This paper is divided into two main sections. The first articulates what I believe Strawson's position to be. I contrast Strawson's usage of 'physicalism' with the mainstream use. I then explain why I think that Strawson's position is one of property dualism and substance monism. In doing this, I outline his view and Locke's view on the nature of substance. I argue that they are similar in many respects and thus it is no surprise that Strawson actually holds a view (...) on the mind much like one plausible interpretation of Locke's position. Strawson's use of terminology cloaks this fact and he does not himself explicitly recognize it in his paper. In the second section, I outline some of Strawson's assumptions that he uses in arguing for his position. I comment on the plausibility of his position concerning the relation of the mind to the body compared with mainstream physicalism and various forms of dualism. Before embarking on the two main sections, in the remainder of this introduction, I very briefly sketch Strawson's view. (shrink)
Is the sense‐data theory, otherwise known as indirect realism, a form of representationalism? This question has been under‐explored in the extant literature, and to the extent that there is discussion, contemporary authors disagree. There are many different variants of representationalism, and differences between these variants that some people have taken to be inconsequential turn out to be key factors in whether the sense‐data theory is a form of representationalism. Chief among these are whether a representationalist takes the phenomenal character of (...) an experience to be explicable in virtue of the properties of an experience that represent something or explicable in virtue of that which gets represented. Another is whether representationalists hold a non‐reductionist, or naturalistically or non‐naturalistically reductionist variant of representationalism. In addition, subtle differences in what one takes phenomenal character to be on the sense‐data theory – either awareness of sense‐data or the sense‐data themselves – together with one's account of representation, are crucial factors in determining whether sense‐data theory is compatible with representationalism. This paper explores these relationships and makes manifest the complexities of the metaphysics of two central theories of perception. 1 Many thanks are due to Clare Batty, Derek Brown, and James Stazicker for discussion and feedback on earlier drafts, which made this essay better than it would otherwise have been. This work was supported by two grants from the Arts and Humanities Research Council (grant numbers AH/1027509/1 and AH/L007053/1). (shrink)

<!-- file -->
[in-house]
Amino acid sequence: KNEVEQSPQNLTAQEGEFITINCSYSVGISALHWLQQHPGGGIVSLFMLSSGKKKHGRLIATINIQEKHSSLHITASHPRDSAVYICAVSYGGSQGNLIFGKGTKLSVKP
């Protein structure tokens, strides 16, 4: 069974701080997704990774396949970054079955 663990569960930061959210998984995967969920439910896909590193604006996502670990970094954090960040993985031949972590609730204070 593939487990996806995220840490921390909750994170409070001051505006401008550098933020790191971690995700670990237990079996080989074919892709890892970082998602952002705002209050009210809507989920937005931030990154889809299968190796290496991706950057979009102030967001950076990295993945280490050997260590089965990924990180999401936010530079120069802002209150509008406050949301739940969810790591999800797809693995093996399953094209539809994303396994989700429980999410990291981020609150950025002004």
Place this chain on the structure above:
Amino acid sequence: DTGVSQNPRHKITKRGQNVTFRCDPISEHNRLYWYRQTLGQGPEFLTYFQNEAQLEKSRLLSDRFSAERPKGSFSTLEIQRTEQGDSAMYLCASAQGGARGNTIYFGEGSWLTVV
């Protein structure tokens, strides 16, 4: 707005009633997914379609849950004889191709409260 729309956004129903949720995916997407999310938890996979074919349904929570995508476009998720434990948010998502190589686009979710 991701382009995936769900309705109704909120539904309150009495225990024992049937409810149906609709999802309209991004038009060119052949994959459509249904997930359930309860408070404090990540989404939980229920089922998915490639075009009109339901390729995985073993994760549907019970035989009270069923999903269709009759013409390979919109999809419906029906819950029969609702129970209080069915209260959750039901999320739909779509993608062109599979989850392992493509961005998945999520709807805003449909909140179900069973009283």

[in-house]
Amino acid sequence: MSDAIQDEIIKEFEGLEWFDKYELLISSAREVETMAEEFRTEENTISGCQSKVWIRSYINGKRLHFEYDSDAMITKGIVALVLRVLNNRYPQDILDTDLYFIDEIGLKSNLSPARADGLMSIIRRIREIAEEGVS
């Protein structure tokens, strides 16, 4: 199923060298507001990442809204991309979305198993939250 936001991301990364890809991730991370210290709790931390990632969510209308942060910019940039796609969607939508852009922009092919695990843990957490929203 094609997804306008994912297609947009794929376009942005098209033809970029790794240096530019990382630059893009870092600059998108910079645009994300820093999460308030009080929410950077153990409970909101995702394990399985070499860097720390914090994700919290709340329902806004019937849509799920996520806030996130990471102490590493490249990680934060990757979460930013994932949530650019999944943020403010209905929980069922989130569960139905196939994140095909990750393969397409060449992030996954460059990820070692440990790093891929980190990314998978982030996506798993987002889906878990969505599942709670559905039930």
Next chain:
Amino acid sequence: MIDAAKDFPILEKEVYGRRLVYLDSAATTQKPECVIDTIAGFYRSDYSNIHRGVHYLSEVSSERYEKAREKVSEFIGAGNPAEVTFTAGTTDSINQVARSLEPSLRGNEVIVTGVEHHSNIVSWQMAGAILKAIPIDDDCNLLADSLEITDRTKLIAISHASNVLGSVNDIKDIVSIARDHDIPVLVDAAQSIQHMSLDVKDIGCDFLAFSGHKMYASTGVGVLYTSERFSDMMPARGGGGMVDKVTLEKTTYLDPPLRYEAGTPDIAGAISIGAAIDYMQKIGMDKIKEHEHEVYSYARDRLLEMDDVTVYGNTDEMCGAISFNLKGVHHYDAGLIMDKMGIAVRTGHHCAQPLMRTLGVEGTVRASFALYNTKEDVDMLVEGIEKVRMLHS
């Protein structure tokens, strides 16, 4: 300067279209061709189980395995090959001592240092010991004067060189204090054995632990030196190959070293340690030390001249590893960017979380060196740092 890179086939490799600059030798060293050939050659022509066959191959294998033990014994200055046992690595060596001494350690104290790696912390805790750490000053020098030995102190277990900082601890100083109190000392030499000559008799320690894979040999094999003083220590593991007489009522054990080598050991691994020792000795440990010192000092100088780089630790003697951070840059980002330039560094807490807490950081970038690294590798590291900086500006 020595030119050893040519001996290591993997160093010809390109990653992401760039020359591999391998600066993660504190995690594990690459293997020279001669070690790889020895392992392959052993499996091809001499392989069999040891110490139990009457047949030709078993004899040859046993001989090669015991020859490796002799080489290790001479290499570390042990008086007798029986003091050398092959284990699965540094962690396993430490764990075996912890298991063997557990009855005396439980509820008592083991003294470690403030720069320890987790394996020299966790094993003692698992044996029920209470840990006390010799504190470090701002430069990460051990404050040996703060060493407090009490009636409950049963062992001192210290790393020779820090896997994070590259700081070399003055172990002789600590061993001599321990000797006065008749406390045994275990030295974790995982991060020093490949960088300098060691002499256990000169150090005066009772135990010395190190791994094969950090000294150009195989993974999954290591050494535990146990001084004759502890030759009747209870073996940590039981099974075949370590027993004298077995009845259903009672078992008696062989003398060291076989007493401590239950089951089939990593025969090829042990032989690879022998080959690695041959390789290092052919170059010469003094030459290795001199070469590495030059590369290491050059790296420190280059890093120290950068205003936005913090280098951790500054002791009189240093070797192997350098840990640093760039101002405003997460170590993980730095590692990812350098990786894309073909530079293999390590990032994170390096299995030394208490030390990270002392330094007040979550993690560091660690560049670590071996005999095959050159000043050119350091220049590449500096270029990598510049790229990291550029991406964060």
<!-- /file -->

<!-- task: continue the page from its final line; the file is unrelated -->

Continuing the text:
From David Hume's famous puzzle about 'the missing shade of blue' to current research into the science of colour, the topic of colour is an incredibly fertile region of study and debate, cutting across philosophy of mind, epistemology, metaphysics and aesthetics as well as psychology. Debates about the nature of our experience of colour and the nature of colour itself are central to contemporary discussion and argument in philosophy of mind and psychology, and philosophy of perception. This outstanding Handbook contains (...) twenty-nine specially commissioned contributions by leading philosophers and examines the most important aspects of philosophy of colour. It is organised into six parts: The Importance of Colour to Philosophy The Science and Spaces of Colour Colour Phenomena Colour Ontology Colour Experience and Epistemology Language, Categories and Thought. The Routledge Handbook of Philosophy of Colour is essential reading for students and researchers in philosophy of mind and psychology, epistemology, metaphysics and aesthetics, as well as for those interested in conceptual issues in the psychology of colour. (shrink)